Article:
Jewelry Business Insight

It was new when you bought it, then when you sold the item it was "sort of new". Or was it from 1964?

It was new when you bought it, then when you sold the item it was "sort of new". Or was it from 1964?

How long until inventory becomes REALLY old? Do you think you could sell something that you've had in stock since 1964?

Over the years, after talking to a boat load of jewelers about "when does inventory become old" I've found no one wants to lose money when they sell something. So they keep on holding onto items, thinking one day they'll sell it for more than they paid for it.

It’s obvious if you buy it for $100 and sell it for $250, you'll make a profit of $150, right? Sort of.

If I offered you a job to work for me and I told you I'd pay $100,000 a year, would you be happy?

What if it took me 3 years to finally pay you? Different, eh? What if I offered to pay the TAXES on the $100 grand, would you be happier?

Oh, you expected $100,000 EVERY year for all 3 years. You expected to get paid a total of $300,000. You worked 3 years after all. What? You had 3 years of expenses to pay?

Inventory is no different. You should expect your inventory to pay you a profit each year since you bought it, not just when it sells. So a $100 ring should bring in $150 in profits EACH year. Over 3 years that's $450 in profits.

If an item takes 3 years to sell and you finally get your $250 ($150 in profit) you actually lost $300. That's the difference between what you received and what you should have received.

But I've been writing about this for years. Some of you get it and have reported that your accounts payable have decreased as you unload old merchandise (over a year old) and sales increased because you can afford to get new and exciting merchandise.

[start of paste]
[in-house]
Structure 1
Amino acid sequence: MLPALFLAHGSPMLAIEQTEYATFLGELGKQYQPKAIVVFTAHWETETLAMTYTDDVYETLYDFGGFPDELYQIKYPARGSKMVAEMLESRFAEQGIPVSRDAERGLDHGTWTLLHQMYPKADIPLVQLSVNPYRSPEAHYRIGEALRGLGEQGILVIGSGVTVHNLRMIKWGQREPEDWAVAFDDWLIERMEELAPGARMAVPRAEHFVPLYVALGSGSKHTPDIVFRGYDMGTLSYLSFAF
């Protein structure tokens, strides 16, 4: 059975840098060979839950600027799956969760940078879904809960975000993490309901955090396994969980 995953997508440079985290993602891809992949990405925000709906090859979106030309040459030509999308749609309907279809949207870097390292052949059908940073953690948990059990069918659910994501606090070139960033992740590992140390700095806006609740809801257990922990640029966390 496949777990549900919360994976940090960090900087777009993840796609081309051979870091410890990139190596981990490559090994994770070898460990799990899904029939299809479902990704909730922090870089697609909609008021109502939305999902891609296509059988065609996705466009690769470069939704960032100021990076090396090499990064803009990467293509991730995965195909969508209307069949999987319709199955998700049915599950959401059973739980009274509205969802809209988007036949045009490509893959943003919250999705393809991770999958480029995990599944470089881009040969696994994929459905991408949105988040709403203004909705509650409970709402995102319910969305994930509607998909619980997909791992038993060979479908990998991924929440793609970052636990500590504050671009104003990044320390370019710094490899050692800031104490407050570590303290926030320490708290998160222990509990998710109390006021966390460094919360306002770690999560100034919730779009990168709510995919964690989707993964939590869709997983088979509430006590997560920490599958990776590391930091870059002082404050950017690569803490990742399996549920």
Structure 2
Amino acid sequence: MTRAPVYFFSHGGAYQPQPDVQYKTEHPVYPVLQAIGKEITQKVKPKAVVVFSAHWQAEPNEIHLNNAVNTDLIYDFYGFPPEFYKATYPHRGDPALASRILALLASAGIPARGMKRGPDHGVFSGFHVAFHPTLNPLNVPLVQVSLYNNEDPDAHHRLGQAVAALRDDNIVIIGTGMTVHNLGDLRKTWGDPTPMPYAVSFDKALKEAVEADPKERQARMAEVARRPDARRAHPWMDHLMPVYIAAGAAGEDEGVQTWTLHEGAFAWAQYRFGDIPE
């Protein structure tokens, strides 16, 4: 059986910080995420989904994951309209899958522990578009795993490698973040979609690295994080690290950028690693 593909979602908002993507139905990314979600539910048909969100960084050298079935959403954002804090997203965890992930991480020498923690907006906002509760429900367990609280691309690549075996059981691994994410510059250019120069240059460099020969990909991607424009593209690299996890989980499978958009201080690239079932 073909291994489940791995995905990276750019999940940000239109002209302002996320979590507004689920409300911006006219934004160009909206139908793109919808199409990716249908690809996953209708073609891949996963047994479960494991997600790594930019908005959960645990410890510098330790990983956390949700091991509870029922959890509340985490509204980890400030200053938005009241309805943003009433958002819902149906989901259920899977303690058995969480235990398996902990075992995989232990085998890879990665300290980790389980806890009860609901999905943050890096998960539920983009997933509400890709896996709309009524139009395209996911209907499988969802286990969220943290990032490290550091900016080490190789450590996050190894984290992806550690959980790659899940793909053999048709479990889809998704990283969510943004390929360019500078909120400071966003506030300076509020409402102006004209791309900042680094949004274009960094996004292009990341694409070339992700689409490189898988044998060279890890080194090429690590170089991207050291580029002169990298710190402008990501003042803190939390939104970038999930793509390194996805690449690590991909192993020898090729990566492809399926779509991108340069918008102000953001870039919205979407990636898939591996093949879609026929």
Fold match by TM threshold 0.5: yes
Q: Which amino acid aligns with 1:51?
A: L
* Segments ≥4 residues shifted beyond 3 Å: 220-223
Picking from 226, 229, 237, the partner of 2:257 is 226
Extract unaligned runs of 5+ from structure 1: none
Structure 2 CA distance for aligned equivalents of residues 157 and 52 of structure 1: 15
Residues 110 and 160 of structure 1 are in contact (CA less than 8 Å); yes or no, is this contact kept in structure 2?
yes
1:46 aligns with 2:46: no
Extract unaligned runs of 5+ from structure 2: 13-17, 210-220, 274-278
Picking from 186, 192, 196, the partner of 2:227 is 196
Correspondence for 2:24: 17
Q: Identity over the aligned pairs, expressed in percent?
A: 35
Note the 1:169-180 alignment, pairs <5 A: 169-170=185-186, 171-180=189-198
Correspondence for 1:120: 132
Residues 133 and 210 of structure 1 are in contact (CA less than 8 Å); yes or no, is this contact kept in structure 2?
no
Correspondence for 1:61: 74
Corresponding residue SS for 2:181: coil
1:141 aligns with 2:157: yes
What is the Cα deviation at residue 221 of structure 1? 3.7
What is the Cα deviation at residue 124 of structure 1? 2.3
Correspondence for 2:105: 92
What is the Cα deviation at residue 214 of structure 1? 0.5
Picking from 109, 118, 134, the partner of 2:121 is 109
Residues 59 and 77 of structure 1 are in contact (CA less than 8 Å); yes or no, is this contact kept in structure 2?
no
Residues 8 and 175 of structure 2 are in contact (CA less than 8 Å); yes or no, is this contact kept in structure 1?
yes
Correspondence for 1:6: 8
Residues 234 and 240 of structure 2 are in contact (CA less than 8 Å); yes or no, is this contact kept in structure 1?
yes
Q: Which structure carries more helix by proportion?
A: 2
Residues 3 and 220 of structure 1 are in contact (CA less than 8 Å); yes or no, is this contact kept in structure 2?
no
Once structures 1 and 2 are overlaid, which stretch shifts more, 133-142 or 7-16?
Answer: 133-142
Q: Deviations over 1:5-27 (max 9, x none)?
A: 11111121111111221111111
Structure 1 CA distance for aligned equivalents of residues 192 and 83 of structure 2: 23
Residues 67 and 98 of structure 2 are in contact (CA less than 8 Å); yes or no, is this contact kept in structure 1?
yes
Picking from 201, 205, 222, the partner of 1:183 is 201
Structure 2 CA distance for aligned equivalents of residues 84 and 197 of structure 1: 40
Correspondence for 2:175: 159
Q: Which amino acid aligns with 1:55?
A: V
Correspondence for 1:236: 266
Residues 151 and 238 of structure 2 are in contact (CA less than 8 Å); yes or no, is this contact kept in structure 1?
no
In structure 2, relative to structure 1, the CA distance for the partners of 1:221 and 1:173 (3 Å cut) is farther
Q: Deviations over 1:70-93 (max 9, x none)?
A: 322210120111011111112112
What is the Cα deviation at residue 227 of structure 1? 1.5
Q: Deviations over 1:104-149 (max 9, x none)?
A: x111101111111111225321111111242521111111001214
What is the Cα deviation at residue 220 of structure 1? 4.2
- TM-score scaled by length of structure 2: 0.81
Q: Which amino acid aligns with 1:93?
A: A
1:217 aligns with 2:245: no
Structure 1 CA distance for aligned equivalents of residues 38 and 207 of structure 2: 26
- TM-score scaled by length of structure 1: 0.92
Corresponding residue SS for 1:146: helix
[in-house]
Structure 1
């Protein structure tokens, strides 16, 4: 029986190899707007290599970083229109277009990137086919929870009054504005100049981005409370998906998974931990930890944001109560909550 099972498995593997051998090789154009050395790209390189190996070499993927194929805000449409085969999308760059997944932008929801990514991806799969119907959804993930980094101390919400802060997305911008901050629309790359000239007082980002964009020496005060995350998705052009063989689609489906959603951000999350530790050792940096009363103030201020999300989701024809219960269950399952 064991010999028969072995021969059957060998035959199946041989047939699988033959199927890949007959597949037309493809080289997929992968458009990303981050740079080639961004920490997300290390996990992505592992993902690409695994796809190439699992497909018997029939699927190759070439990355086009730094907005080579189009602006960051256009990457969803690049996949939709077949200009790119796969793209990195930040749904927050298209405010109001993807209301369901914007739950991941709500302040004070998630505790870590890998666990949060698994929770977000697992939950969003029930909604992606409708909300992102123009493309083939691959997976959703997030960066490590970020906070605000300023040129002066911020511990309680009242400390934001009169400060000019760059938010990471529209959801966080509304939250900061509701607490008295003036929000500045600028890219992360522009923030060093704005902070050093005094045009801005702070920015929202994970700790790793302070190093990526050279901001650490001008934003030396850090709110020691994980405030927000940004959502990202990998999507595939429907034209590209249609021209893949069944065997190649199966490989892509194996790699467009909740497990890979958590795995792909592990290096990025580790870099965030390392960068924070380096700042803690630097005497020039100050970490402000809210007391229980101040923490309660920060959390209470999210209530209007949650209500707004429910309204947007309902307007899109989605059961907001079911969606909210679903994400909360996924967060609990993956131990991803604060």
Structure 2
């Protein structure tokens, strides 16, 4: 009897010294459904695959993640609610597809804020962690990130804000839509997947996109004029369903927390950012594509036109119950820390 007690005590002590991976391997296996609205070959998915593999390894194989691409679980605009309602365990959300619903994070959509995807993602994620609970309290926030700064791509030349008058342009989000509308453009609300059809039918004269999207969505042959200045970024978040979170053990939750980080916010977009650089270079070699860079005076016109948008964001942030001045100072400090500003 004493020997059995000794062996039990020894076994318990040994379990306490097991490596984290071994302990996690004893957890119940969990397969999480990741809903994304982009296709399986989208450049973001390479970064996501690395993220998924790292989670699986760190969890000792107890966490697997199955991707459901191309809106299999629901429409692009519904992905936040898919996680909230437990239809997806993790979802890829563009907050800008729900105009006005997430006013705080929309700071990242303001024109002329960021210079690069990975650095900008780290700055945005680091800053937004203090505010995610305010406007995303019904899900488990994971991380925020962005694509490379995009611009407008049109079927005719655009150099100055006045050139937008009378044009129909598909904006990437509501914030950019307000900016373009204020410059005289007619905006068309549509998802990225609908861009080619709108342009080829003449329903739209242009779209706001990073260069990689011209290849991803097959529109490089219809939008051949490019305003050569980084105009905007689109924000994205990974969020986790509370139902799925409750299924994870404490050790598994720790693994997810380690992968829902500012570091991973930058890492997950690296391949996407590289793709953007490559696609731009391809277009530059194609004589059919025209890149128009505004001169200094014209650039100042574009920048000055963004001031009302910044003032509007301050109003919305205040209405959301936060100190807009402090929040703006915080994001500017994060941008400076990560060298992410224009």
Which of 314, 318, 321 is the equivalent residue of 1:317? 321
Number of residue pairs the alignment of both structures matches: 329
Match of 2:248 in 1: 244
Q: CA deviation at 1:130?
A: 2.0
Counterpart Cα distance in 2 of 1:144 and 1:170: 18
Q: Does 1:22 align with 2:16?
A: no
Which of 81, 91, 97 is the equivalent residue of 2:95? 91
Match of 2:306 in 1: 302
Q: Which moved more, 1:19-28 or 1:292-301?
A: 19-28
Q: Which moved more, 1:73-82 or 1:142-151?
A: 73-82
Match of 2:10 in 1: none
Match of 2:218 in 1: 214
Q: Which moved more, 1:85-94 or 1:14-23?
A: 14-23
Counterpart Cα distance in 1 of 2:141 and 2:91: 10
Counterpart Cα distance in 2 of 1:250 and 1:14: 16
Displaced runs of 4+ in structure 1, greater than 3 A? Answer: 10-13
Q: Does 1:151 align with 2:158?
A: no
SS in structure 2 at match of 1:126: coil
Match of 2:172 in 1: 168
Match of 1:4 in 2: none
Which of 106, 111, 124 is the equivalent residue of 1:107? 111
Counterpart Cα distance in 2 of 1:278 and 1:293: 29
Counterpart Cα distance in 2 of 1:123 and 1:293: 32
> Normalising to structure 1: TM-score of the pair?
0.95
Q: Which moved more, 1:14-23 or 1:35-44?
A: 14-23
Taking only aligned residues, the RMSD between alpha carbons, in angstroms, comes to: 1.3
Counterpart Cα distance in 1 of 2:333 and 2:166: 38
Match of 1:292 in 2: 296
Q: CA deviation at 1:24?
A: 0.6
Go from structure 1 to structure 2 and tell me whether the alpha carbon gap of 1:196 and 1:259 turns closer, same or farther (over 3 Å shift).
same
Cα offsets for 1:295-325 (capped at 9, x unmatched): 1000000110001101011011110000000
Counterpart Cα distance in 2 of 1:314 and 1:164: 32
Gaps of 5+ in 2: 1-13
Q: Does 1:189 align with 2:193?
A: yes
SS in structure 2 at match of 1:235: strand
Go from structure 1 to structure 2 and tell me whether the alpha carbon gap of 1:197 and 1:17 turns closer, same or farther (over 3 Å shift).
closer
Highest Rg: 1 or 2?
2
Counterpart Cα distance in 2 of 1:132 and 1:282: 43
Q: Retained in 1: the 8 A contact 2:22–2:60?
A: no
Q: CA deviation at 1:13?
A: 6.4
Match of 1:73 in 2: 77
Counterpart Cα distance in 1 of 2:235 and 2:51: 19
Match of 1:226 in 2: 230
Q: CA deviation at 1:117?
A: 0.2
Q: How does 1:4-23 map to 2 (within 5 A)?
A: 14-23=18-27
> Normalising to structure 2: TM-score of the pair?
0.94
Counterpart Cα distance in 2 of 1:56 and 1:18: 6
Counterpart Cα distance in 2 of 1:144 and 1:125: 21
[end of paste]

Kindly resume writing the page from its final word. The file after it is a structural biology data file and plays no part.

Keep on reading because you're going to love this. Just recently I have consulted with two stores and almost everything they sell was made 45 years ago! OMG is this stuff old!

And they make a boatload of money!

So how does David Geller tell you on one end get rid of jewelry if over 1 year old but on another some folks make money from stuff that's 40 years old?


Date of manufacture, not date of the sale.

Big difference.

Store #1

This store heavily advertises to buy customers old jewelry, just like every other jeweler in America. But they have approximately 3000 sq ft just for buying. Maybe 5 private offices, just for buying.

When they buy it’s for two purposes:

  • To scrap it to refiners and some dealers. Simple, in on Monday, out by Friday, get a check next week. Their scrap sales to refiners are more than the "a" and "b" combined below.
  • For resale. Buy it to resell it in one of two venues they have.



  • They put it in their retail store. For the most part it is advertised and mostly sells "Estate Jewelry". (Old stuff). The retail store sells millions a year from the case of stuff that was made in 1964! (You get the idea).
  • This is cool. They also lease a T.V. cable channel 4 nights a week to sell mostly the low end stuff that isn't right for the high end store. The T.V. station can sell more than the retail store in a year. When I was there in one night they sold close to $30,000 in stuff you'd get rid of.


Keep reading we're getting near your AH HAH! moment.

Store #2